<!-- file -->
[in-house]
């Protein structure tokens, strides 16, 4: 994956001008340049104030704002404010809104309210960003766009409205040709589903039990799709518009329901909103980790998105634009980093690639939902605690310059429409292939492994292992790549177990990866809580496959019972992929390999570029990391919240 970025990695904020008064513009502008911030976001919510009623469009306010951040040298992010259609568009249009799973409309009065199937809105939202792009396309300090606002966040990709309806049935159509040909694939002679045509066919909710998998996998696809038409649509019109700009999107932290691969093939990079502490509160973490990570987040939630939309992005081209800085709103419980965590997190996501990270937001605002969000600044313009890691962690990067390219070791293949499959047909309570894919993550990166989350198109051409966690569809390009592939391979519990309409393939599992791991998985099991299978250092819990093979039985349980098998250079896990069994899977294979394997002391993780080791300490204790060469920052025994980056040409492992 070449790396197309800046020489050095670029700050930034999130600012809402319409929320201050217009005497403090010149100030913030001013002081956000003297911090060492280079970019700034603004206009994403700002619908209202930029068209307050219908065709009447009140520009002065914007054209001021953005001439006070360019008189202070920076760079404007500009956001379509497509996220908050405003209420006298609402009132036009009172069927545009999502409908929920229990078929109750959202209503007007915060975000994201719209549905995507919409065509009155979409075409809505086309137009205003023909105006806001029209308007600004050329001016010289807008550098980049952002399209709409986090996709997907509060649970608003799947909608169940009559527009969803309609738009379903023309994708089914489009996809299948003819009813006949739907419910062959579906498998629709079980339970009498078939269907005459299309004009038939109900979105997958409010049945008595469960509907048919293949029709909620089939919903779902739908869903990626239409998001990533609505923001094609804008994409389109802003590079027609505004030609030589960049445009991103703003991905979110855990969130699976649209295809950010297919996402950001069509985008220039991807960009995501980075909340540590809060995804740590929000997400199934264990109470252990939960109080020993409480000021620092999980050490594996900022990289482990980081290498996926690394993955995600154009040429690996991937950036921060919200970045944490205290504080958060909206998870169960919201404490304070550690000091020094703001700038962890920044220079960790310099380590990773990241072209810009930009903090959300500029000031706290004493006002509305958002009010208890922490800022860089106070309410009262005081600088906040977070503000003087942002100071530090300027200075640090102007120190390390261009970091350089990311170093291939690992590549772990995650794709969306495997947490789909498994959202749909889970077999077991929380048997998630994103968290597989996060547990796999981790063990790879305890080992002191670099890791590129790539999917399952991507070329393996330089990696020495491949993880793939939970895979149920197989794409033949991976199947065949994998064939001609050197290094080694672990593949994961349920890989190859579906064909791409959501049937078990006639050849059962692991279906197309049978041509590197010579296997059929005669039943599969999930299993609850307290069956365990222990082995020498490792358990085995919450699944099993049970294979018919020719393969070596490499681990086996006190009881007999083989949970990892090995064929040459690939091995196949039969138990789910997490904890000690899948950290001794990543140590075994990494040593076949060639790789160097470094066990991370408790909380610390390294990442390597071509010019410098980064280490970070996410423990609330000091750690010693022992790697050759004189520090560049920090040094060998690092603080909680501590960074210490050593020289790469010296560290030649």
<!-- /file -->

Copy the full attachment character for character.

[in-house]
């Protein structure tokens, strides 16, 4: 994956001008340049104030704002404010809104309210960003766009409205040709589903039990799709518009329901909103980790998105634009980093690639939902605690310059429409292939492994292992790549177990990866809580496959019972992929390999570029990391919240 970025990695904020008064513009502008911030976001919510009623469009306010951040040298992010259609568009249009799973409309009065199937809105939202792009396309300090606002966040990709309806049935159509040909694939002679045509066919909710998998996998696809038409649509019109700009999107932290691969093939990079502490509160973490990570987040939630939309992005081209800085709103419980965590997190996501990270937001605002969000600044313009890691962690990067390219070791293949499959047909309570894919993550990166989350198109051409966690569809390009592939391979519990309409393939599992791991998985099991299978250092819990093979039985349980098998250079896990069994899977294979394997002391993780080791300490204790060469920052025994980056040409492992 070449790396197309800046020489050095670029700050930034999130600012809402319409929320201050217009005497403090010149100030913030001013002081956000003297911090060492280079970019700034603004206009994403700002619908209202930029068209307050219908065709009447009140520009002065914007054209001021953005001439006070360019008189202070920076760079404007500009956001379509497509996220908050405003209420006298609402009132036009009172069927545009999502409908929920229990078929109750959202209503007007915060975000994201719209549905995507919409065509009155979409075409809505086309137009205003023909105006806001029209308007600004050329001016010289807008550098980049952002399209709409986090996709997907509060649970608003799947909608169940009559527009969803309609738009379903023309994708089914489009996809299948003819009813006949739907419910062959579906498998629709079980339970009498078939269907005459299309004009038939109900979105997958409010049945008595469960509907048919293949029709909620089939919903779902739908869903990626239409998001990533609505923001094609804008994409389109802003590079027609505004030609030589960049445009991103703003991905979110855990969130699976649209295809950010297919996402950001069509985008220039991807960009995501980075909340540590809060995804740590929000997400199934264990109470252990939960109080020993409480000021620092999980050490594996900022990289482990980081290498996926690394993955995600154009040429690996991937950036921060919200970045944490205290504080958060909206998870169960919201404490304070550690000091020094703001700038962890920044220079960790310099380590990773990241072209810009930009903090959300500029000031706290004493006002509305958002009010208890922490800022860089106070309410009262005081600088906040977070503000003087942002100071530090300027200075640090102007120190390390261009970091350089990311170093291939690992590549772990995650794709969306495997947490789909498994959202749909889970077999077991929380048997998630994103968290597989996060547990796999981790063990790879305890080992002191670099890791590129790539999917399952991507070329393996330089990696020495491949993880793939939970895979149920197989794409033949991976199947065949994998064939001609050197290094080694672990593949994961349920890989190859579906064909791409959501049937078990006639050849059962692991279906197309049978041509590197010579296997059929005669039943599969999930299993609850307290069956365990222990082995020498490792358990085995919450699944099993049970294979018919020719393969070596490499681990086996006190009881007999083989949970990892090995064929040459690939091995196949039969138990789910997490904890000690899948950290001794990543140590075994990494040593076949060639790789160097470094066990991370408790909380610390390294990442390597071509010019410098980064280490970070996410423990609330000091750690010693022992790697050759004189520090560049920090040094060998690092603080909680501590960074210490050593020289790469010296560290030649």